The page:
Imbolc is celebrated by many Pagans around February 2nd. This Sabbat is based in Gaelic-Celtic traditions for marking the halfway point between Winter Solstice and the Spring Equinox.
Traditions of Imbolc
Imbolc means 'ewe's milk' or 'in the belly'. It was at this time that newborn lambs were nursing and winter was coming to an end. This was a hint of the changing of the season on the horizon and was observed with hope for the potential the growing Light would bring.
For some, this is also a time of celebration of the Goddess Brighid, Keeper of the Sacred Flame,Guardian of Home and Hearth. Purification and cleaning rituals and activities are lovely ways to honor this deity and prepare for Winter's End or Spring.
Among non-Gaelic Celts, an early version of Imbolc was also celebrated. Celts honored the holy day by singing this poem about a serpent:
Thig an nathair as an toll (The serpent will come from the hole) la donn Bride (on the brown day of Bride (Brighid) Ged robh tri traighean dh’an (though there may be three feet of snow) Air leachd an lair (On the surface of the ground.)
"In modern Paganism, Brighid is viewed as part of the maiden/mother/crone cycle. She walks the earth on the eve of her day, and before going to bed each member of the household should leave a piece of clothing outside for Brighid to bless. Smoor your fire as the last thing you do that night, and rake the ashes smooth. When you get up in the morning, look for a mark on the ashes, a sign that Brighid has passed that way in the night or morning. The clothes are brought inside, and now have powers of healing and protection thanks to Brighid." -Patti Wigington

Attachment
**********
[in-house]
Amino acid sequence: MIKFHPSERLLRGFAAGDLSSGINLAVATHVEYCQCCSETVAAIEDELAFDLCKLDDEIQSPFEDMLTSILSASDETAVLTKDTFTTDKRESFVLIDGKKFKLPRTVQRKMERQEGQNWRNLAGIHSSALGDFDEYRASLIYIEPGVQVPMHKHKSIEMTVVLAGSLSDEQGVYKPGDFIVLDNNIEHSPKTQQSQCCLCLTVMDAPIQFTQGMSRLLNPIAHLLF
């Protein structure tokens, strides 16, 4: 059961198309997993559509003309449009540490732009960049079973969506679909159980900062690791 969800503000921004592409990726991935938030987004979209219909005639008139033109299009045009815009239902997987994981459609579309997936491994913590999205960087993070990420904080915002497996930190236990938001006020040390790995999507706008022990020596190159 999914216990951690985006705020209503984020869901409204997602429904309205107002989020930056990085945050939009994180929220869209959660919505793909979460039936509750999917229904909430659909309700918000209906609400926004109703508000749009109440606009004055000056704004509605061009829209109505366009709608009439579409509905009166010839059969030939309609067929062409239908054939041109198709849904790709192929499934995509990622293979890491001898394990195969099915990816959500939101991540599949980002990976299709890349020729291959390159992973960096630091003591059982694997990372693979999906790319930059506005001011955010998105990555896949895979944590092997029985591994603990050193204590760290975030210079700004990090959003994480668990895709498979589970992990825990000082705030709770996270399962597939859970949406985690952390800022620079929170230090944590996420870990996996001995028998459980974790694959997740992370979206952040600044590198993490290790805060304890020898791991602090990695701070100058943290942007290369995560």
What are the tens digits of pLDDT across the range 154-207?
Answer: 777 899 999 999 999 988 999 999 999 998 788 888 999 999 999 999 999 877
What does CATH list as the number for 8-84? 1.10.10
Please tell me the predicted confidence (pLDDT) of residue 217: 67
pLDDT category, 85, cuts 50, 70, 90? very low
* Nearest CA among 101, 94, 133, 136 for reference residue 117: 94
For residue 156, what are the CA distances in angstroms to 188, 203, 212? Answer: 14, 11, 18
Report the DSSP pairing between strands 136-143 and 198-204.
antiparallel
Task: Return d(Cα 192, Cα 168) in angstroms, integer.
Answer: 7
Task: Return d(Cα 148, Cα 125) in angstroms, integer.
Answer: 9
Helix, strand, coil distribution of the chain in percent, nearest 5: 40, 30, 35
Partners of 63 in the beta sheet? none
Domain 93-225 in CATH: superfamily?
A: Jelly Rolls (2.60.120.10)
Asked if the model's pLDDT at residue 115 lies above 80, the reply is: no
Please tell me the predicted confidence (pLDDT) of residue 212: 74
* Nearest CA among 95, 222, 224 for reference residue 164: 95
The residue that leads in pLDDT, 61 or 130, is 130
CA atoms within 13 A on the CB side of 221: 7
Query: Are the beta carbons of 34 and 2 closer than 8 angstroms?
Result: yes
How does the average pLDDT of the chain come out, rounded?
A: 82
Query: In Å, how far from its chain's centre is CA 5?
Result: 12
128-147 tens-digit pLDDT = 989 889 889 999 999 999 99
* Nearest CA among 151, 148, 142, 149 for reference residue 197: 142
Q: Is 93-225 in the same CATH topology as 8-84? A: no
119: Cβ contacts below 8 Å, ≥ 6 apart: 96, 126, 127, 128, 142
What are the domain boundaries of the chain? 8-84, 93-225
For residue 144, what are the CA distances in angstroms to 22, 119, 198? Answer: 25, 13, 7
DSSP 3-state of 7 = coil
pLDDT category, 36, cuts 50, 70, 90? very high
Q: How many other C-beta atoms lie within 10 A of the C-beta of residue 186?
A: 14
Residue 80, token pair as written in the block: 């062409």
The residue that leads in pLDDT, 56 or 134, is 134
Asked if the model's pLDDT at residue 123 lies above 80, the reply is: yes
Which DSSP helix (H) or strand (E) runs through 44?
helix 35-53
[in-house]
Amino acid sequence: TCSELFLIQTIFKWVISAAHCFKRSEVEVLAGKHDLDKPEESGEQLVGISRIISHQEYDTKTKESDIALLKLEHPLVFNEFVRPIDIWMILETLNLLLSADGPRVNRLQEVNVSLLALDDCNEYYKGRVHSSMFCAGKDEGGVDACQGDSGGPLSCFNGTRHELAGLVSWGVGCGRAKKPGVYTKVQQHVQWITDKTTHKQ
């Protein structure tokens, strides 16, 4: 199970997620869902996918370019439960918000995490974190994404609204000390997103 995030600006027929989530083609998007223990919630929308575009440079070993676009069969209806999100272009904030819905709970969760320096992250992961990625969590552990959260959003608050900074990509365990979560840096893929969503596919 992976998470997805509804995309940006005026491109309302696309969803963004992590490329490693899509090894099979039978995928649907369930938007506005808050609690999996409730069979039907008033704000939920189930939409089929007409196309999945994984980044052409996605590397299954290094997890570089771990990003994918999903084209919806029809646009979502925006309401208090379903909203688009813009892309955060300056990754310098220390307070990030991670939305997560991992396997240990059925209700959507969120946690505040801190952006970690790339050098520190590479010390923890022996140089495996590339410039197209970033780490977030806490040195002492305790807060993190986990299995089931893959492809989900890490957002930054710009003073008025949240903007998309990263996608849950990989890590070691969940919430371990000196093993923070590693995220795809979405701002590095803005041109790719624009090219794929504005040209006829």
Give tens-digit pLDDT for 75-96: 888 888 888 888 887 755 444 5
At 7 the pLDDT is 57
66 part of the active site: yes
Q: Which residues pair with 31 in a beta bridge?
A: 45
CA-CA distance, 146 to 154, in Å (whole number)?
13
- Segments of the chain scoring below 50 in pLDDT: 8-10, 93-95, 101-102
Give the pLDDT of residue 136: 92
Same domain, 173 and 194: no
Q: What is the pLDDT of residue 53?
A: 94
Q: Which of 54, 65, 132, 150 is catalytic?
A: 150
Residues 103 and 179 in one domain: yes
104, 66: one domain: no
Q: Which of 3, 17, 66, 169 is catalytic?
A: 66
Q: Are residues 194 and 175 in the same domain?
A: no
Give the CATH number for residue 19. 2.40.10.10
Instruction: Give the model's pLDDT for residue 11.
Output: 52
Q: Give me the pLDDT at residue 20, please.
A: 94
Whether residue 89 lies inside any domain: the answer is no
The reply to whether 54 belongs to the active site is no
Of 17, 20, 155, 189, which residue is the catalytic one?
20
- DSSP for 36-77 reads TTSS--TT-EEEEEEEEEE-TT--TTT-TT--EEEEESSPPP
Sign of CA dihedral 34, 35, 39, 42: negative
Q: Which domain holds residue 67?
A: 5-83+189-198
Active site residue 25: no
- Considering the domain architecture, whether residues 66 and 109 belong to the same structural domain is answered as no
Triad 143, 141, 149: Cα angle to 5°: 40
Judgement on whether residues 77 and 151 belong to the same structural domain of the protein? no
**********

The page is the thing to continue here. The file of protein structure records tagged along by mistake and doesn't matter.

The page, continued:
Craft a corn doll
Make a Brigid's Cross
Make dishes that use milk
Visit a dairy
Make a feast
Make an outdoor fire (safely)
Make a fire in your fireplace
Collect water from a well, stream or river and Bless it
Take a cleansing bath
Purify your home- open windows and burn incense
Wash your floors & walls with your holy water
Visit a Rowan Tree and commune with the Tree Spirit
Enjoy the Day
Think about what your Ancestors were doing around this time, wherever they hailed from, without the luxury of modern conveniences like electricity, almanacs, watches, or indoor plumbing. Try meditating on their lives, communicating with them and visualize a day in their life at Imbolc. What were they celebrating, if anything? What were their joys, fears, concerns? What would they have been excited about? Write down what you see, feel or hear during your meditation. If you're inclined, draw what you see and add as much detail as you can.
Then enjoy your day with family, friends or on your own, tuning in to the season and what is happening outside in your backyard and neighborhood. Happy Imbolc!